Our late great Chair, Scientist and guide, Kerry-Jayne Wilson MNZM, loved the biennial Oamaru Penguin Symposium and encouraged any of our Trust team to attend if they could.

Over the years, the symposium has moved from a little or blue penguin, kororā focus, to other Aotearoa New Zealand penguins, other penguins in far off lands and other threatened seabirds.

In May, the 13th symposium was again arranged and presented by Dr Philippa Agnew, Research and Environmental Scientist at the Oamaru Penguin Colony.  It was the first symposium since Kerry-Jayne died in March last year and, with the support of Philippa and Dr Thomas Mattern, we were able to acknowledge the tremendous contribution that Kerry-Jayne made to penguin and seabird science and scientists in New Zealand and Australia.

To open the symposium, Dr Mattern gave a tribute to Kerry-Jayne and shared a wonderful story of chasing tawaki in Harrison Cove, Doubtful Sound a few years before she died.  It’s a lovely story and you can enjoy it on this short recording from the symposium on our Vimeo page – or play from the image below.

Before she died, Kerry-Jayne published a book that had been in her mind for many years, New Zealand Seabirds – A Natural History.  Her Trustees found one remaining copy at Kerry-Jayne’s home after she died and thought it would be fitting to present it at the symposium.  We agreed that it would go to a young and emerging penguin scientist whose presentation at the symposium stood out.

Blake Hornblow was chosen from some outstanding young scientists for his work and presentation entitled Foraging ecology of Tawaki (Fiordland penguin) in Doubtful Sound and a summary of his excellent paper is copied below.  Congratulations to Blake and to all the young scientists and all the presenters at a superb symposium.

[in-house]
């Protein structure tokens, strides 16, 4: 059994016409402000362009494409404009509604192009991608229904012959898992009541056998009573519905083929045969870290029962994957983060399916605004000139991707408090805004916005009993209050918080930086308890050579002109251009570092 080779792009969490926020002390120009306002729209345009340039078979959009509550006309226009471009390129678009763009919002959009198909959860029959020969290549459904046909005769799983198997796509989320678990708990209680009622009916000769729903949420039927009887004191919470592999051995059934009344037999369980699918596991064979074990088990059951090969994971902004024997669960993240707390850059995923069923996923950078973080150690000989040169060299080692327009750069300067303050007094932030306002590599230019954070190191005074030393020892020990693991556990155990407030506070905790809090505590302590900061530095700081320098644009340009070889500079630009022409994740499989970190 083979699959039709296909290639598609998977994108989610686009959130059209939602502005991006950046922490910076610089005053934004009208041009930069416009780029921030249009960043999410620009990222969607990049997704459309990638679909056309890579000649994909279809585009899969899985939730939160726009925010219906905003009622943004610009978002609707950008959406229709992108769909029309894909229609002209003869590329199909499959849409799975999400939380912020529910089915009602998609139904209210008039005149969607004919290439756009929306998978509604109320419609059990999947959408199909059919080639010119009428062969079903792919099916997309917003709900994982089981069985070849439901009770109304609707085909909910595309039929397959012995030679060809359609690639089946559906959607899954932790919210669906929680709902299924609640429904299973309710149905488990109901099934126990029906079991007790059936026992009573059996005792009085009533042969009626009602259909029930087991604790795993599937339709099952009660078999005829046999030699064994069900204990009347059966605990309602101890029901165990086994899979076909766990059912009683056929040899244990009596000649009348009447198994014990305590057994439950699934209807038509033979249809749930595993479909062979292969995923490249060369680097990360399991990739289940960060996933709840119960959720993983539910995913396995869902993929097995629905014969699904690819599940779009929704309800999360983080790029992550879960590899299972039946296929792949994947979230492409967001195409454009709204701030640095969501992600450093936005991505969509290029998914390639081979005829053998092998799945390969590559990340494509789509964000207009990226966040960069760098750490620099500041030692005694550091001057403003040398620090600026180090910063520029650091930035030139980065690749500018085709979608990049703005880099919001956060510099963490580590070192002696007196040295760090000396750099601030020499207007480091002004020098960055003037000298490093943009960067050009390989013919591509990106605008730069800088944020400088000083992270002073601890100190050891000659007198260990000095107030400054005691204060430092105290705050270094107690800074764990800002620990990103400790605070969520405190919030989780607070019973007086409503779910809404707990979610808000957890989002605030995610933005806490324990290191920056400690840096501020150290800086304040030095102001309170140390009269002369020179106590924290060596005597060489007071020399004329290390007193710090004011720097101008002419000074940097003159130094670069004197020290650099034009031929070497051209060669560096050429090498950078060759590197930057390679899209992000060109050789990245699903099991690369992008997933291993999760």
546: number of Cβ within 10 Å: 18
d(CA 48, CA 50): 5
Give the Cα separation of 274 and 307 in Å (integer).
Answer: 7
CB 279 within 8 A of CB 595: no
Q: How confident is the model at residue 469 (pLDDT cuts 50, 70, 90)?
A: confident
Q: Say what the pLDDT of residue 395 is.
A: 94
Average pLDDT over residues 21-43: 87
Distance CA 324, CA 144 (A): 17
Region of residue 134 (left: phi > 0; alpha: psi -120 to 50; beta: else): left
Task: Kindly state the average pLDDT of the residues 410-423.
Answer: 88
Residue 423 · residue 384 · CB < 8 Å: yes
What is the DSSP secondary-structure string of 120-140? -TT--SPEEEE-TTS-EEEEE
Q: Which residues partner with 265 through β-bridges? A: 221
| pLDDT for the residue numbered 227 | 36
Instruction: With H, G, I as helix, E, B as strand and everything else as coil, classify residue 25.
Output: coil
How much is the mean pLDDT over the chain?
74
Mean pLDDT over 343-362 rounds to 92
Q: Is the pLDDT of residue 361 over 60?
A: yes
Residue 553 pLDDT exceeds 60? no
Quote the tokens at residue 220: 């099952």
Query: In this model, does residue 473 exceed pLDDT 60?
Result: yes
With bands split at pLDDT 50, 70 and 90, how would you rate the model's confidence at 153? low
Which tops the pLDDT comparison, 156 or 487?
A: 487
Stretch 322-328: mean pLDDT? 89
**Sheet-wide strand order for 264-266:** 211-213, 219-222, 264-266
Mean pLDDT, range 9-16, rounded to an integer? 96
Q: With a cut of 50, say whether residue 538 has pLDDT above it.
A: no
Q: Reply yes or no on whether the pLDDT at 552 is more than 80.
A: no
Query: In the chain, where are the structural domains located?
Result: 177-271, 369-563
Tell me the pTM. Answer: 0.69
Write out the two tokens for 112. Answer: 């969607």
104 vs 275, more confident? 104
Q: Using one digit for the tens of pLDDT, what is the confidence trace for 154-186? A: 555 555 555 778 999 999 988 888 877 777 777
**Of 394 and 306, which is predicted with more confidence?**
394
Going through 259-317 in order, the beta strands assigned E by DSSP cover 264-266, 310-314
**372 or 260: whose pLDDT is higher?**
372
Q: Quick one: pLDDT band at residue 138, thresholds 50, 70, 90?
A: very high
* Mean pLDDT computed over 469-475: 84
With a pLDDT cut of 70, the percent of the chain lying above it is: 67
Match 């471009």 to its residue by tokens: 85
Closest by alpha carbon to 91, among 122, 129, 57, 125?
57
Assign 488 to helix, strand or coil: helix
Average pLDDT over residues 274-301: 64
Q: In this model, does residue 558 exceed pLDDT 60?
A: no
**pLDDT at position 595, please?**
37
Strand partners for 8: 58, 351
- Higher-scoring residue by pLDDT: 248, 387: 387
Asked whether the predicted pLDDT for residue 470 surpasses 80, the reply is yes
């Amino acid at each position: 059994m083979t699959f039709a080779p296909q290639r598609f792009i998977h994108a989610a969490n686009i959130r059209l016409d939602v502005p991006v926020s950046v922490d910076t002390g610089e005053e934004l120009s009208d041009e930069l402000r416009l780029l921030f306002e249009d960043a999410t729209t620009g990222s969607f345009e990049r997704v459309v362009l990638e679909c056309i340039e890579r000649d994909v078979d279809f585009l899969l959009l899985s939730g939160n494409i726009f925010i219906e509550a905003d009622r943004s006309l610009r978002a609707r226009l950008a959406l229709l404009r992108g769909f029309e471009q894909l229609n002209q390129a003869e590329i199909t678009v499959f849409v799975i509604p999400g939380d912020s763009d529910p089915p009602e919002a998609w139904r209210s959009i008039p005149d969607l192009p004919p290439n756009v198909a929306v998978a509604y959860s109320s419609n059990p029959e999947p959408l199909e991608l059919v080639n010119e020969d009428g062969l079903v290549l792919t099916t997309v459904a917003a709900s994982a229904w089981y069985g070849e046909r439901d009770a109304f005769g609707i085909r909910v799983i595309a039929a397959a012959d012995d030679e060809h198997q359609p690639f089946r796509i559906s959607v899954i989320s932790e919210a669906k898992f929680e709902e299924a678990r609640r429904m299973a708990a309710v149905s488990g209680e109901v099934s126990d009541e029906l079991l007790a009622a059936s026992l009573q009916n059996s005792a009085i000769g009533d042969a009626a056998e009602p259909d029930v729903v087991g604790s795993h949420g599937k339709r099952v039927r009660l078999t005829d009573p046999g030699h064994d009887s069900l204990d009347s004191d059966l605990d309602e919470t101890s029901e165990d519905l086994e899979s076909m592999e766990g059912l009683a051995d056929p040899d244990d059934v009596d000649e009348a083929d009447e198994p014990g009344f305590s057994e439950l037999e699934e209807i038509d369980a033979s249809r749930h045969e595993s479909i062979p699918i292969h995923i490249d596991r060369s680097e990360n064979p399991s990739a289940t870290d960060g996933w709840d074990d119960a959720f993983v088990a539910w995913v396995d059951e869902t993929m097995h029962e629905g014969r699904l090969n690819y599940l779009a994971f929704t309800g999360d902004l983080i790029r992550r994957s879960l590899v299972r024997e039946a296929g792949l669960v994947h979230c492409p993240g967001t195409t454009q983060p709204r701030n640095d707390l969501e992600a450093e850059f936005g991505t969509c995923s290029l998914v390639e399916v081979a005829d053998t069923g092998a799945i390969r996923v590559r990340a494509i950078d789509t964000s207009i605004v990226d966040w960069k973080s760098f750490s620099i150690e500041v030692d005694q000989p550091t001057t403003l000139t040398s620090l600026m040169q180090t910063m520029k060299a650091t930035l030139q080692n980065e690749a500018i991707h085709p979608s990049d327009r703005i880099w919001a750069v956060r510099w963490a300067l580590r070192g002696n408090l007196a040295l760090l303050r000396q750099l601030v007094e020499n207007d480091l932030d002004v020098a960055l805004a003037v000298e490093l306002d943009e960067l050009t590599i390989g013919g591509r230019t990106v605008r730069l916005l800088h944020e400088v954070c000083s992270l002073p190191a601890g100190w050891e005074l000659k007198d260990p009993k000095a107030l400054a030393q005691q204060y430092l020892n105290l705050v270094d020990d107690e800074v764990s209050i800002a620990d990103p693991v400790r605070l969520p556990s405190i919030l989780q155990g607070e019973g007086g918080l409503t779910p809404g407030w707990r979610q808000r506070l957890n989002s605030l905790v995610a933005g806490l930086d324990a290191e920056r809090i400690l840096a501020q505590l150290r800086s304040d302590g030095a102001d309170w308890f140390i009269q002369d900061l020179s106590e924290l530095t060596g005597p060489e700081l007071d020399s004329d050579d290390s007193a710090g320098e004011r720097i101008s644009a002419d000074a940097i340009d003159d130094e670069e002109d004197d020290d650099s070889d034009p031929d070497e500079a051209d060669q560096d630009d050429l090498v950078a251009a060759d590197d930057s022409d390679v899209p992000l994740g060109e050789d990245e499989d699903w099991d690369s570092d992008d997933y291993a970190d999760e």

penguin scientists
Blake Hornblow with his copy of Seabirds and with Dr Thomas Mattern


Blake Hornblow’s paper from the Oamaru Penguin Symposium is summarised below, and all abstracts can be found here: 13th Oamaru Penguin Symposium programme

Foraging ecology of Tawaki (Fiordland Penguin) in Doubtful Sound

Blake Hornblow1 Thomas Mattern2,3, Ursula Ellenberg1,3, Jeff White4 and Steve Wing1
1 Department of Marine Science, University of Otago, Dunedin, New Zealand
2 Department of Zoology, University of Otago, Dunedin, New Zealand
3 Global Penguin Society, Chubut, Argentina
4 McCracken Lab, Department of Biology, University of Miami, USA

Tawaki or the Fiordland penguin only breeds along the South Westland coast, Fiordland and the Foveaux Strait region. This is one of the smallest breeding ranges of any penguin species making tawaki particularly susceptible to regional threats. Tawaki are thought to be in decline and are classed as ‘near threatened’ by the IUCN Redlist. However, the key causes of this decline remain mostly unknown as the current knowledge of tawaki foraging behaviour is limited. We are expanding the knowledge of fiord breeding tawaki diets as they have access to different resource pools compared to coastal foraging birds. We investigated the potential of fiord prey resources acting as a ‘buffer’ against climate perturbations that affect tawaki foraging on the continental shelf & coastal Fiordland. GPS tracking, animal borne-video loggers and stable isotope analyses were used to understand the movements and diet of tawaki from birds breeding on three islands within Doubtful Sound. We found very little overlap in the home range of tawaki breeding in the fiord compared with coastally breeding birds. We will report on the foraging plasticity across the three islands colonies ranging 40km from the entrance to the head of the fiord.